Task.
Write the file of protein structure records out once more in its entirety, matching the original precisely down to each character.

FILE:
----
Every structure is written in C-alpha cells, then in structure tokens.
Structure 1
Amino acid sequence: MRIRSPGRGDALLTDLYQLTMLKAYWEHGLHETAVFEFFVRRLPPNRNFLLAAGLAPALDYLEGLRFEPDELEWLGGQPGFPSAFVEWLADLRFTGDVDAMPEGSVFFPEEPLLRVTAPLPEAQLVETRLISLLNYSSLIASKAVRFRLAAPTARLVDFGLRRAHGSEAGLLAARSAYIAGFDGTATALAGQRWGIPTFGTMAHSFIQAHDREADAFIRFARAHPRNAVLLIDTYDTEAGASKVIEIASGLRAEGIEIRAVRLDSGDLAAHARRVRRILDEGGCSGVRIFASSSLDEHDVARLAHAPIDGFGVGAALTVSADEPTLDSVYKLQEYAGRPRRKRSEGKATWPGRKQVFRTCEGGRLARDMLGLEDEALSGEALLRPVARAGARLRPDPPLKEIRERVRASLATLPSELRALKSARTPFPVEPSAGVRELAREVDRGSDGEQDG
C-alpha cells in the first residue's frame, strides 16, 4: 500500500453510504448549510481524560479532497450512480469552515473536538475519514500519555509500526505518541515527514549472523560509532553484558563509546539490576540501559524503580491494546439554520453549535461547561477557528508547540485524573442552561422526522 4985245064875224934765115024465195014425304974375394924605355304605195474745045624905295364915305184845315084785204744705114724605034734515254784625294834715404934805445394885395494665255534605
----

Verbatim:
Every structure is written in C-alpha cells, then in structure tokens.
Structure 1
Amino acid sequence: MRIRSPGRGDALLTDLYQLTMLKAYWEHGLHETAVFEFFVRRLPPNRNFLLAAGLAPALDYLEGLRFEPDELEWLGGQPGFPSAFVEWLADLRFTGDVDAMPEGSVFFPEEPLLRVTAPLPEAQLVETRLISLLNYSSLIASKAVRFRLAAPTARLVDFGLRRAHGSEAGLLAARSAYIAGFDGTATALAGQRWGIPTFGTMAHSFIQAHDREADAFIRFARAHPRNAVLLIDTYDTEAGASKVIEIASGLRAEGIEIRAVRLDSGDLAAHARRVRRILDEGGCSGVRIFASSSLDEHDVARLAHAPIDGFGVGAALTVSADEPTLDSVYKLQEYAGRPRRKRSEGKATWPGRKQVFRTCEGGRLARDMLGLEDEALSGEALLRPVARAGARLRPDPPLKEIRERVRASLATLPSELRALKSARTPFPVEPSAGVRELAREVDRGSDGEQDG
C-alpha cells in the first residue's frame, strides 16, 4: 500500500453510504448549510481524560479532497450512480469552515473536538475519514500519555509500526505518541515527514549472523560509532553484558563509546539490576540501559524503580491494546439554520453549535461547561477557528508547540485524573442552561422526522 4985245064875224934765115024465195014425304974375394924605355304605195474745045624905295364915305184845315084785204744705114724605034734515254784625294834715404934805445394885395494665255534605